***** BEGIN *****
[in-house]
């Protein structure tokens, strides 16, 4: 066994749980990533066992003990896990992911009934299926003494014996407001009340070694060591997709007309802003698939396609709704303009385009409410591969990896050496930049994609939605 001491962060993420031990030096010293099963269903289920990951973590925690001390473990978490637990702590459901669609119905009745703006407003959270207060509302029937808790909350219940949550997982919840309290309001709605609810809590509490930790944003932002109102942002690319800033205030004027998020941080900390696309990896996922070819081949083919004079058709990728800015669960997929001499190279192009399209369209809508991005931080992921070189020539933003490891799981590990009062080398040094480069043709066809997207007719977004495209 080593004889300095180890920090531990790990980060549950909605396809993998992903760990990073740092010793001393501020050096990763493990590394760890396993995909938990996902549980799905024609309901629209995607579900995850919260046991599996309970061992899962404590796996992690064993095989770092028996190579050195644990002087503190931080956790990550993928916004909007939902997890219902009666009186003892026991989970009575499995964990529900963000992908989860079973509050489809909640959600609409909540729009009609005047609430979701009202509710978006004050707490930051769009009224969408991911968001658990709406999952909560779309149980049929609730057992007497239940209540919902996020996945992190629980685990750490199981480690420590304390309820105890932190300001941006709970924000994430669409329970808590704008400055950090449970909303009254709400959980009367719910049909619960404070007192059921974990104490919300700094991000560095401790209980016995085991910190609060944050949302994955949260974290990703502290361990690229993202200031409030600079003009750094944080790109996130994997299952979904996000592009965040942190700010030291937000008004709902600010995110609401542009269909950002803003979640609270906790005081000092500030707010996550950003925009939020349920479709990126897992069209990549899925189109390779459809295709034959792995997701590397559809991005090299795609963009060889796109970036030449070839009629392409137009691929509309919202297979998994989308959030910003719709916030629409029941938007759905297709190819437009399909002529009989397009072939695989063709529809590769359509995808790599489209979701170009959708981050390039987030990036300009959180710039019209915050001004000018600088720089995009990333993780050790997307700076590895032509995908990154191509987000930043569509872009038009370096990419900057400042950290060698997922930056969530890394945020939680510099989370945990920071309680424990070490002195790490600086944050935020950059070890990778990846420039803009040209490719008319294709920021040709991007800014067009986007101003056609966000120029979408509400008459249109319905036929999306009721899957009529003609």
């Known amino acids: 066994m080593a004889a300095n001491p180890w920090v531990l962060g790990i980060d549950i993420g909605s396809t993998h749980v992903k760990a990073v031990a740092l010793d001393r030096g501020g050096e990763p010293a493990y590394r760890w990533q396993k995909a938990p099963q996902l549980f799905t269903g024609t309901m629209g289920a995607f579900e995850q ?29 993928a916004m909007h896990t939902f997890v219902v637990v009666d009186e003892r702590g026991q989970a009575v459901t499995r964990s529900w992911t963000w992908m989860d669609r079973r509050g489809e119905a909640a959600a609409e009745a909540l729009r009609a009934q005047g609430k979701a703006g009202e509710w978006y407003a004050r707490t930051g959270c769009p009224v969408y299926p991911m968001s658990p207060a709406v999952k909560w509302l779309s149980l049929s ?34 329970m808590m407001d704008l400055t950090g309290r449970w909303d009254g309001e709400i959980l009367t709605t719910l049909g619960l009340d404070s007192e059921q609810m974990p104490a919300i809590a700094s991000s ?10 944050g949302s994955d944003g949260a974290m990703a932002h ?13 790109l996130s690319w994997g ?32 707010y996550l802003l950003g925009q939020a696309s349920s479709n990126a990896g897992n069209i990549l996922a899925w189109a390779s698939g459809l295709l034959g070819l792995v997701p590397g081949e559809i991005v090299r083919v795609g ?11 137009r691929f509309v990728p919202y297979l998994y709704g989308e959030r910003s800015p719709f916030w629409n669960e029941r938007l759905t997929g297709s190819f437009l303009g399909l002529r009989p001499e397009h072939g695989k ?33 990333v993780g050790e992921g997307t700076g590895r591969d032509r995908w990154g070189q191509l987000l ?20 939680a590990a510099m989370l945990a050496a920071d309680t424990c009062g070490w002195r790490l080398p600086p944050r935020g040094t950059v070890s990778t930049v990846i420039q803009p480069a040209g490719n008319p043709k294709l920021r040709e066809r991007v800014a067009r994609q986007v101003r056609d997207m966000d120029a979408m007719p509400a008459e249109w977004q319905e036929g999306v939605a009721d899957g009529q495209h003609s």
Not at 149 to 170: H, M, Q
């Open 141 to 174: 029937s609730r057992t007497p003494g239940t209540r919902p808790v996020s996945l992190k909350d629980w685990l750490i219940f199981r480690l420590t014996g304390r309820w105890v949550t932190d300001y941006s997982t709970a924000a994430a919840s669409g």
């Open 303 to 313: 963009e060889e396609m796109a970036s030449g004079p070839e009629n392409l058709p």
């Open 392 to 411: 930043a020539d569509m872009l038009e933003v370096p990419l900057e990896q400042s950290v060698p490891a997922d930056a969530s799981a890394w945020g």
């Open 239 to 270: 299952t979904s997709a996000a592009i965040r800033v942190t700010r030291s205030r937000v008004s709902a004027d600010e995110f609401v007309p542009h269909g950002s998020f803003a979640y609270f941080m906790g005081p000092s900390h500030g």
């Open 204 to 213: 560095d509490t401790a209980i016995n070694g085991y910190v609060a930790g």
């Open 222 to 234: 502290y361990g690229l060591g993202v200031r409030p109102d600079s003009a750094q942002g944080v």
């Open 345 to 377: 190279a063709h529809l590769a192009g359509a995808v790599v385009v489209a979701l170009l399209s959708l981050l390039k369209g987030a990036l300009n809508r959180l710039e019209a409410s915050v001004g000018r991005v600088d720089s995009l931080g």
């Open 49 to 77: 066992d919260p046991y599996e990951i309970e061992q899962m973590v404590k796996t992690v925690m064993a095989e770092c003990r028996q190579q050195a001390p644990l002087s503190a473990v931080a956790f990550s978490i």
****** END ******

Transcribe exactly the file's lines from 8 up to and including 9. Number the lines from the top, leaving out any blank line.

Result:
């Open 239 to 270: 299952t979904s997709a996000a592009i965040r800033v942190t700010r030291s205030r937000v008004s709902a004027d600010e995110f609401v007309p542009h269909g950002s998020f803003a979640y609270f941080m906790g005081p000092s900390h500030g």
């Open 204 to 213: 560095d509490t401790a209980i016995n070694g085991y910190v609060a930790g």